The Orioles decided to put Davis at first base full-time in 2013 and worked on his defense in spring training; later, Oriole coaches and teammates believed this helped Davis succeed at the plate as well.[36] He set a personal home run goal before the season but refused to share it.[60] On April 5, Davis set a new Major League record with 16 RBI in the first four games of a season. He also became the fourth MLB player in history to hit a home run in the first four games of the season (Nelson Cruz, Mark McGwire, Willie Mays) including a grand slam against Tyler Robertson in the fourth game, a 9–5 victory over the Minnesota Twins.[61]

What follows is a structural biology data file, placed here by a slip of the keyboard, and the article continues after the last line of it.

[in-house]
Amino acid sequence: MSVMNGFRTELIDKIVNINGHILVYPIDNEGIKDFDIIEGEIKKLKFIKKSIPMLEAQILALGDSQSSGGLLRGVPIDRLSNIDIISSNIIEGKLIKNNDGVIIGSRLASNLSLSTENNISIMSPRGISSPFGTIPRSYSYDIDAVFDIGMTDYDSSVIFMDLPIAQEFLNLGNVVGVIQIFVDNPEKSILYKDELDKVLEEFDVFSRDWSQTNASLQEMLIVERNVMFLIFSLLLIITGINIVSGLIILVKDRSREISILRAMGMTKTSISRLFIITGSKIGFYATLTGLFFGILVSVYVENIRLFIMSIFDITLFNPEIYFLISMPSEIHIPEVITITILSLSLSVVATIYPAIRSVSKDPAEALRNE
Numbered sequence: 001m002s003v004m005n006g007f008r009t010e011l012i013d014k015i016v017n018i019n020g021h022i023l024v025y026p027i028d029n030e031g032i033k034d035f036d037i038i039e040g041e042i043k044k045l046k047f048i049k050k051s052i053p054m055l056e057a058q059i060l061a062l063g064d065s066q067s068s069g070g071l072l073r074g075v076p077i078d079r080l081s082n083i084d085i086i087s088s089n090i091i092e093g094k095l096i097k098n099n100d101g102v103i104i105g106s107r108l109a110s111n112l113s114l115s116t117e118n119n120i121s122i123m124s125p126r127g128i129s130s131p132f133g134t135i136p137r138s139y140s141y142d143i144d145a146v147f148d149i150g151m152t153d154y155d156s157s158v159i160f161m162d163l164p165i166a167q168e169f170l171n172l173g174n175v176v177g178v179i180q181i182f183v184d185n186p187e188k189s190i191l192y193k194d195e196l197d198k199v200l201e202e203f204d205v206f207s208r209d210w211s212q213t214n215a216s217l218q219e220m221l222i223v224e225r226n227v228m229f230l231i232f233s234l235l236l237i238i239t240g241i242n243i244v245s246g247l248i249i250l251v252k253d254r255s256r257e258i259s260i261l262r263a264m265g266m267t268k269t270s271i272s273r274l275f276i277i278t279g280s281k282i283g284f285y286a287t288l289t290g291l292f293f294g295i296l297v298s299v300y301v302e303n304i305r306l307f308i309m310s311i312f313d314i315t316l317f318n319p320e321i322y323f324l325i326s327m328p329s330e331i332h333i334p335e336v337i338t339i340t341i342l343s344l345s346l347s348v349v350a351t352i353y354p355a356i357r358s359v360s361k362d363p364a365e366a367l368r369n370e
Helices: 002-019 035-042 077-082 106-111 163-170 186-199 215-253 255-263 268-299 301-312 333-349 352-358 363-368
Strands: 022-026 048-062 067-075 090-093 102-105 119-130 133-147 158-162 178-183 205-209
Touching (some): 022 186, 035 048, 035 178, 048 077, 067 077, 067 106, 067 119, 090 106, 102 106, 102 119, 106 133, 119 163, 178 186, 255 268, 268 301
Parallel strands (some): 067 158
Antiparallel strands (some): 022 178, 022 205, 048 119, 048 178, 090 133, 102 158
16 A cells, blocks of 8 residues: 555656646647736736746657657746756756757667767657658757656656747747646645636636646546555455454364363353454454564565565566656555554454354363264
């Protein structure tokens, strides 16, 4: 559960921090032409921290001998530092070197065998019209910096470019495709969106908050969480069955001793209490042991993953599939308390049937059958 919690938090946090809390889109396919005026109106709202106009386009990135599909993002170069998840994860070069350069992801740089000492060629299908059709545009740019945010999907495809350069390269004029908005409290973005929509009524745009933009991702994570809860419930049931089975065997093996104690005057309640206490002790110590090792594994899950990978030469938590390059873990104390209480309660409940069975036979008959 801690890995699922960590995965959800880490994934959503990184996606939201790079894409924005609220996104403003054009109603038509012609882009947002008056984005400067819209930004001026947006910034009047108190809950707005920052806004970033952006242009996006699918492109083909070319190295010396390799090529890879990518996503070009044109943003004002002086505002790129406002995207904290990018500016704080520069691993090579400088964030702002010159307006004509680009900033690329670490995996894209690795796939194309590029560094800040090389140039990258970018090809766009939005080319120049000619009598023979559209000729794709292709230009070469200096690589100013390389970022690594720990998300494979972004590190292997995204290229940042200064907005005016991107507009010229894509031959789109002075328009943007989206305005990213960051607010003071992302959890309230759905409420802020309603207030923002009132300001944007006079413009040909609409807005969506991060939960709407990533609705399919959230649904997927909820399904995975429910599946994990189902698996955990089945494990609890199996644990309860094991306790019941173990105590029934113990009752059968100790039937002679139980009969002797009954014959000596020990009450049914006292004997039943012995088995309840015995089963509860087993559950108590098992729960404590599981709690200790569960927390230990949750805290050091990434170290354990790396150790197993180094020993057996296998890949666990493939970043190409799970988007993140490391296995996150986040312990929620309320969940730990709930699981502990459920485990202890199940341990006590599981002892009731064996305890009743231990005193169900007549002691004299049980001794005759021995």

On June 16, he hit the 100th home run of his career, off Red Sox pitcher Jon Lester in a 6–3 victory.[62] On July 11, he hit his 34th home run of the season, eclipsing his previous season high in a 3–1 victory over the Rangers.[63] He earned his 87th and 88th RBIs of the season with a two-run home run against Mark Buehrle on July 12, setting a new Orioles record for most RBIs before the All-Star break; the previous record was 86 by Boog Powell.[64] He ultimately ended up with 93 RBIs before the All-Star break. On July 14, he hit his 37th home run of the season against Josh Johnson in a 7–4 victory over the Toronto Blue Jays, tying Reggie Jackson for the second most home runs before the All-Star break by any MLB player and the most by an American League player. The home run was also his 500th career hit.[65]